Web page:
When getting Take out Dosa I would think only “Set Dosa”, which are thick and soft to start with,would work.
Service was friendly from what I remember. I personally wouldn’t go back for the biryani though.
I was reading the Chronicle article from a few months ago about Juhu’s biryani (or at least the version the chef makes at home). Anyone tried that at the restaurant?
Palo Alto Rangoon Ruby’s burmese version lacked aroma besides an overabundance of salt.
Bawarchi in Fremont seems to have a number of biryanis- Vijayawada chicken, Ulavachaaru and Hyderabad biryani. They also have Thalapakattu biryani, which they say is from Dindigul region of Tamil Nadu. Not so sure about the shrimp and fish biryani though.
Looks like a trip to Fremont is in the future. If anyone has tried please share your experience.
I didn’t realize that Bawarchi has a couple of branches in Sunnyvale and Santa Clara…
Vijayawada chicken biryani with chicken 65 from the Sunnyvale Bawarchi. Bawarchi on the web site claims they are the biryani capital of the Bay Area. Bold indeed. Some people claimed the Santa Clara branch was better so I’ll have to try next time. The V. chicken biryani was not bad. The basmati was fluffy, though a little bland. I was a bit weary about the bright red chicken 65 and the food color that bled into many of the rice grains. (Lots redder than in the picture). Above average attempt but would love to go back and try their other biryanis. Giant serving (for takeout).
I specified medium spicy and it came out just mildly hot. I think I need to adopt an Indian name for takeout to get them to perhaps not dial back the spicing and risk blandness. I asked them about the various types of biryanis. They said Thalapakattu was spicy. Dum biryani’s not. I think the next one I’ll try is either the Thalapakattu or Ulavachaaru.
Tried the (new to me) Thalapakattu biryani from Bawarchi Santa Clara, which is a biryani from the Dindigul region of Tamil Nadu. This biryani used the Seeraga samba rice instead of basmati in biryanis from other states. This rice is the most expensive variety of rice grown in the state, and has the smallest grain.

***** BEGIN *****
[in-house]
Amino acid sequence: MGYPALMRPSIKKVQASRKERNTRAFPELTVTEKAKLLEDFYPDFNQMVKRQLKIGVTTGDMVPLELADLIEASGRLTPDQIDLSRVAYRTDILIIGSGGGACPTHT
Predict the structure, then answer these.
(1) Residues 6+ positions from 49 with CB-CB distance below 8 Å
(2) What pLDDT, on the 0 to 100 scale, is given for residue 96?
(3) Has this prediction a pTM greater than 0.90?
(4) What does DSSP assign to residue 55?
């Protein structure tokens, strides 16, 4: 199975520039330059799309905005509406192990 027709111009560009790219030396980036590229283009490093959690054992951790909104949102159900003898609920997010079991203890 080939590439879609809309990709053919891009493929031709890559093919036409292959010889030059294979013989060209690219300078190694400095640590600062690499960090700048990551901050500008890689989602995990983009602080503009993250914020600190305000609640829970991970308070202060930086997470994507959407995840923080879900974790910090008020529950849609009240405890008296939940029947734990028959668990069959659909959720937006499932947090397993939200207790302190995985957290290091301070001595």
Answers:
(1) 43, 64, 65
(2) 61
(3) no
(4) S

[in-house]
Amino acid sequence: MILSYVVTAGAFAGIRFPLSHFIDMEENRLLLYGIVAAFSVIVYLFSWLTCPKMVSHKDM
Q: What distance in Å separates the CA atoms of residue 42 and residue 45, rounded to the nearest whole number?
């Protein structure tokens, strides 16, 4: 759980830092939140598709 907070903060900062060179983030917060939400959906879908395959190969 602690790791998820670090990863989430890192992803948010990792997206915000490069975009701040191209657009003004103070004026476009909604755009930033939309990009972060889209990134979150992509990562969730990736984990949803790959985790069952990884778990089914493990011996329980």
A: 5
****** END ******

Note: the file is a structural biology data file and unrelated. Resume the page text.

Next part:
The rice they used in this dish had small grains for sure, though some looked like Vietnamese broken rice. Perhaps a lower cost source for the Seeraga samba? Another observation about the rice is that it is not fluffy and loose. A little mushy, in fact.
The dish was well seasoned. As with anything from Tamil Nadu, it was hot, and it was certainly the hottest biryani encountered in recent memory. The marsala added some extra spiciness/ fragrance to the rice and was highly welcomed.
Interested in trying their other biryanis. Bawarchi Santa Clara is located near the Levi’s Stadium.
Other places that serve Thalapakattu biryani in the Bay Area. Anyone tried these?
Chennai Grill, Sunnyvale, Dublin
Himalayan Kitchen, Mountain View
Lotus Indian Express, Fremont
Hyderabadi Biryani Pointe, Cupertino
Little Delhi, SF
Gulzaar Halal Restaurant, SJ
I just had a really good well spiced fish biryani (a special) from vik’s over the weekend. They were very generous with the fish portion. Their lamb biryani is also quite good, and that is available most weekends